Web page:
C ASE A: A 23-year-old man had been struggling with depression and was having difficulties concentrating on tasks. He was frequently tired all the time and had no motivation to do anything. Thus, he stopped going to work and was terminated after a few months. He stayed indoors all the time and was not happy about his condition but felt helpless and hopeless. Sometimes he will cry silently to himself. He had no hope that things will improve and so he decided that it may be better for him to end it all. He jumped into the Lagoon but was rescued and promptly handed over to the police. He was arraigned in court and charged for attempted suicide. He pleaded guilty and was remanded in Prison custody while the court adjourned and a date was set for his sentencing.
Case B: Gubernatorial elections in at least two states in recent years have been characterized by allegations of being of unsound mind and therefore not fit for office. In Kogi State, court cases and affidavits have actually been activated on at least two occasions. The Lunacy Law of 1948 which utilizes language such as “a certified lunatic and a proper subject for involuntary confinement” has now become a political tool for discrediting opposition candidates, by simply labelling them as ‘Lunatics’.
Background: The mental health legislation in Nigeria first appeared as the Lunacy Ordinance of 1916, which was modified as the Lunacy Laws of 1948 (State Laws). Thus, it can technically be argued that Nigeria has no national mental health legislation. The existing law is about 104 years old (discountenancing the minor changes of 1948). It was passed at a time when custodial care and confinement was the default option as there were no medications at that time. The first antipsychotic medication (Chlorpromazine) was only just discovered in 1949.
Current Challenges: The name of the law and the choice of words deployed in it, remain a major source of embarrassment. Words such as ‘lunatic’, ‘idiot’, ‘proper subject for confinement’ etc. It is also ancient and not in keeping with current best evidence for treatment and rehabilitation of affected persons. Furthermore, our laws remain one of the ignoble few remaining legislations that criminalizes suicide and attempted suicide – instead of recognizing it as a red flag and a cry for help, – and ensuring such individuals receive the care they need. It also does not promote and respect the fundamental human rights of citizens with mental health challenges – deriving from the paternalistic colonial environment during which it was first crafted.
The Journey towards a Modern Mental Health Bill: Since the return to democratic rule in 1999, several efforts have been made with expert committees established, and working with the Federal Ministry of Health, Lawmakers, Professional Organizations (including those of Psychiatrists, Clinical Psychologists, Psychiatric Nurses, Medical Social Workers etc) to prepare a draft bill for consideration. The 2003 Bill failed to see the light of the day and was rested. The 2013 version equally failed to materialize.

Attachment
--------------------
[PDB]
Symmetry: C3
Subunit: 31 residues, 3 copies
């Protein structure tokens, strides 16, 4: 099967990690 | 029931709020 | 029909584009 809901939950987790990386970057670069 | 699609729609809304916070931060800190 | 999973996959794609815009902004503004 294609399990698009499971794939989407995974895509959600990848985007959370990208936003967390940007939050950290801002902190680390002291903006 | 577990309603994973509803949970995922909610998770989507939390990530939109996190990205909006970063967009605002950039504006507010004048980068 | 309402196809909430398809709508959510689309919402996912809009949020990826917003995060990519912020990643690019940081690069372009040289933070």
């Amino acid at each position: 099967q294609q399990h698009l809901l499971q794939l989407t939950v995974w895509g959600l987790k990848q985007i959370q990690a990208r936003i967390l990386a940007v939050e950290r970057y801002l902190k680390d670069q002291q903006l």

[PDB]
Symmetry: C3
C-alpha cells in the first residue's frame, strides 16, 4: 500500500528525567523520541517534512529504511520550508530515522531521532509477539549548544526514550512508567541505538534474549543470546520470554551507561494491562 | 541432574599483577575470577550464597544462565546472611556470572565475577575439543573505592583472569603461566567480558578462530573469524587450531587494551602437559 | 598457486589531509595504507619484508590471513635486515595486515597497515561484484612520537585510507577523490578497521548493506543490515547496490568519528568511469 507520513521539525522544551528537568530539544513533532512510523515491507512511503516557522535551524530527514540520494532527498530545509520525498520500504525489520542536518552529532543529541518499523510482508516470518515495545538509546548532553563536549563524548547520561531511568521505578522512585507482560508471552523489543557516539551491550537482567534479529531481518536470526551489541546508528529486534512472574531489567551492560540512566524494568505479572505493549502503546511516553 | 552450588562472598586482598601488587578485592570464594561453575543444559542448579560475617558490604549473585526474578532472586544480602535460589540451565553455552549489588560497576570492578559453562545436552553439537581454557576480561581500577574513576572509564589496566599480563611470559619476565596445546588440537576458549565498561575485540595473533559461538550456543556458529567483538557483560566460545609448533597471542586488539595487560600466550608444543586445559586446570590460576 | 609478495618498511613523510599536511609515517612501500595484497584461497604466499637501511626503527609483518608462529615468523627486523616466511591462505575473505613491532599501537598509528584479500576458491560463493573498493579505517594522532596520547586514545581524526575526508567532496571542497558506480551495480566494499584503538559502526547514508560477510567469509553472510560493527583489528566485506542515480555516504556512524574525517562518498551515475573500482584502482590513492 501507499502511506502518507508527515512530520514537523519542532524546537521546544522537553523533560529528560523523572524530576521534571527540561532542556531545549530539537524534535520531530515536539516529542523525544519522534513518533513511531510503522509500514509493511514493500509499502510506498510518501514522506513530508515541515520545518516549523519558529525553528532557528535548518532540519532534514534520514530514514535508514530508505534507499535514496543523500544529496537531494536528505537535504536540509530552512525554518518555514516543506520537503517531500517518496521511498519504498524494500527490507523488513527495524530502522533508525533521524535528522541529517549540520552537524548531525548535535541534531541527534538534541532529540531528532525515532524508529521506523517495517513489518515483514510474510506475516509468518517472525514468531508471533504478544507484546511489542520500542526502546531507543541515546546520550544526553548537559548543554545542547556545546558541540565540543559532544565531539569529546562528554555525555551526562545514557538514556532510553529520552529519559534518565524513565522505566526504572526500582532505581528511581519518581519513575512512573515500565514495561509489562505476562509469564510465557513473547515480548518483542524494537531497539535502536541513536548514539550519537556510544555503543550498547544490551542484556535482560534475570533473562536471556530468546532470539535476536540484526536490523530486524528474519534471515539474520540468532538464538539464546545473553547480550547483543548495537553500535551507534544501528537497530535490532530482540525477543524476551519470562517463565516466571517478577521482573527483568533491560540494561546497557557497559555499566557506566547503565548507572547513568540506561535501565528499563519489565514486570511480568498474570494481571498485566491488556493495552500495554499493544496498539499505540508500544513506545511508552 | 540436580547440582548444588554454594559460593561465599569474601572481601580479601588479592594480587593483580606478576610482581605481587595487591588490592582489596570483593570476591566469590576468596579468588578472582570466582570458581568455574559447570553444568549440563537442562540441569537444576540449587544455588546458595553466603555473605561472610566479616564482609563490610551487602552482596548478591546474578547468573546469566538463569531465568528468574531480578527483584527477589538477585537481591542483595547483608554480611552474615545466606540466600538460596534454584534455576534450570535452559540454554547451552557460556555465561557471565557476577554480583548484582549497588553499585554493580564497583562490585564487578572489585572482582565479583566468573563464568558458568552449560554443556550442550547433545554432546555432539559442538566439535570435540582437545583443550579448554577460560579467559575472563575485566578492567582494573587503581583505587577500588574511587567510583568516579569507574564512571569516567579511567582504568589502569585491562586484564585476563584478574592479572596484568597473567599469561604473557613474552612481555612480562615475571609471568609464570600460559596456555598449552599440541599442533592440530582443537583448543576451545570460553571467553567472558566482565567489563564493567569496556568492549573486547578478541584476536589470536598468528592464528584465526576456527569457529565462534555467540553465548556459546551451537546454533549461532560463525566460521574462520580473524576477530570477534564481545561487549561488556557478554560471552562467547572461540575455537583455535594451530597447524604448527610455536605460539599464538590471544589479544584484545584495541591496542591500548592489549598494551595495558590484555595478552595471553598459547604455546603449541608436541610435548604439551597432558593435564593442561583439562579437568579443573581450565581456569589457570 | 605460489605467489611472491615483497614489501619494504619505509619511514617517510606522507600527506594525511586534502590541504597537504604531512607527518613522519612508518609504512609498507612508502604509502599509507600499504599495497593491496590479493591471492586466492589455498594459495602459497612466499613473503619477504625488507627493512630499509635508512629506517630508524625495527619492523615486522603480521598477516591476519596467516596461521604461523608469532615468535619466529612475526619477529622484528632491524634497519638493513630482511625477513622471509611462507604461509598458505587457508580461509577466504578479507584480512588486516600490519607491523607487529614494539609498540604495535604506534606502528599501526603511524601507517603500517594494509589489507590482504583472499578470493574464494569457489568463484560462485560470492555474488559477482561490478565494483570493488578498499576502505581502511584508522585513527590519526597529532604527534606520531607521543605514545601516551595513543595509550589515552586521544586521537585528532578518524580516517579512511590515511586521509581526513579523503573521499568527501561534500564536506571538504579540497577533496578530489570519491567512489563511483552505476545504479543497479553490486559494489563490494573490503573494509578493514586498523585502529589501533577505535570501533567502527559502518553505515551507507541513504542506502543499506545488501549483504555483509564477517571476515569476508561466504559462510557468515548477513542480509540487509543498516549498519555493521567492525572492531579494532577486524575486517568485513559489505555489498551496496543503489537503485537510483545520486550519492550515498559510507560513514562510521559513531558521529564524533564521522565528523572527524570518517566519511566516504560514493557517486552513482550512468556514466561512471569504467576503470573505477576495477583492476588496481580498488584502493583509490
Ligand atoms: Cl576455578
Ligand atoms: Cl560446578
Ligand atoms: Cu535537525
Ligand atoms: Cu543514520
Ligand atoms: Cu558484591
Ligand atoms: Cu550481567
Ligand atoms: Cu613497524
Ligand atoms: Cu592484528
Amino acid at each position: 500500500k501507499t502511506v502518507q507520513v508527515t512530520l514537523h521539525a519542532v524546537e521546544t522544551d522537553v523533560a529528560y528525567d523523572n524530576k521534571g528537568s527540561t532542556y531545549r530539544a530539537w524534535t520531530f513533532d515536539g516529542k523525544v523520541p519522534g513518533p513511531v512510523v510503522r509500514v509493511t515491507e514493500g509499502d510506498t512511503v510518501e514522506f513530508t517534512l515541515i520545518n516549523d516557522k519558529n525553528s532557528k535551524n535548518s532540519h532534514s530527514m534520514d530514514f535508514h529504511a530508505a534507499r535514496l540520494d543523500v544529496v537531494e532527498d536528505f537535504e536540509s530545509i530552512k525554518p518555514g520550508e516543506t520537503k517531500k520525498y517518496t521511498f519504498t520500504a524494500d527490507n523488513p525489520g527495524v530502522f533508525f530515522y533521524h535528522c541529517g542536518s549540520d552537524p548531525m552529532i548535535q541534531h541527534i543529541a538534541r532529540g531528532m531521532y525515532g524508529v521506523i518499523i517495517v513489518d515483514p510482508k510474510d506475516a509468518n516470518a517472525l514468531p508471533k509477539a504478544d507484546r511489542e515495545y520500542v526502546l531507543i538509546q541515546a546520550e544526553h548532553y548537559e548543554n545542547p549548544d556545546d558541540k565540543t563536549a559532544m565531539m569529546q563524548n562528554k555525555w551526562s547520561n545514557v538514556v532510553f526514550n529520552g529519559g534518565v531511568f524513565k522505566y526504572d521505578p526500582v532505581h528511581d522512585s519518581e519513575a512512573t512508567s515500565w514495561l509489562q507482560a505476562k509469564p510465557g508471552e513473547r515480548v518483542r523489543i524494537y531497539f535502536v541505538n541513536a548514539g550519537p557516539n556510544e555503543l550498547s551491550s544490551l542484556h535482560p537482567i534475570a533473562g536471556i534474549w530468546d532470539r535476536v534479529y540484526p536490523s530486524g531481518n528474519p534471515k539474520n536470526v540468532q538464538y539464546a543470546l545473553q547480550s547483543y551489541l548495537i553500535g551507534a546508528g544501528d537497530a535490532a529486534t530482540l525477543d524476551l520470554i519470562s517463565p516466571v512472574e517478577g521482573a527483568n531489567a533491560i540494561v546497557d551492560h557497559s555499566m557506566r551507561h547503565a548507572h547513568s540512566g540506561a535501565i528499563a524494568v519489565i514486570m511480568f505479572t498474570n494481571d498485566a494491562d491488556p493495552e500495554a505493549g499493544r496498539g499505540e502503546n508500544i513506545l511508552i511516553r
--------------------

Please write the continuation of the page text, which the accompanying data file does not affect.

Public Hearing on Mental Health Bill: The current National Assembly has made the most progress with regards to expeditious attention to the mental health bill. The current Senate Committee on Health, ably led by the Committee Chairman, Senator (Dr) Yahaya Oloriegbe, has ensured that the draft bill has passed through the first, second and third hearing and is now slated for public hearing on Monday, the 17thFebruary 2020. This is gratifying to note and presents an opportunity to all stakeholders and the general public to participate and engage with the progress, highlight areas of shortcomings and propose recommendations and amendments to improve on such areas.
Ultimately, there is no such thing as a perfect bill or legislation. But the worst form of the current bill will be a significant improvement on what currently exists. But we now have a window of opportunity to participate in the process and provide critical input for its improvement. Let’s do so, and ensure that all stakeholders rally round and push together for the collective benefit of our society. So, we don’t end up throwing away the baby with the birth water on account of perceived shortcomings.
Conclusion: Our nation is witnessing a worrying spike in the prevalence of mental health challenges, drug abuse, suicide and attempted suicide amongst others. The critical need for a mental health legislation that protects and promotes human rights, personal dignity as well as adequate oversight to ensure qualitative and evidence based mental health services could not have been more pronounced. It is a glorious opportunity that should be embraced and utilized. Let’s do the best we can and achieve some progress. If you are in Abuja on Monday, the 17th February, please attend the public hearing and participate in the process.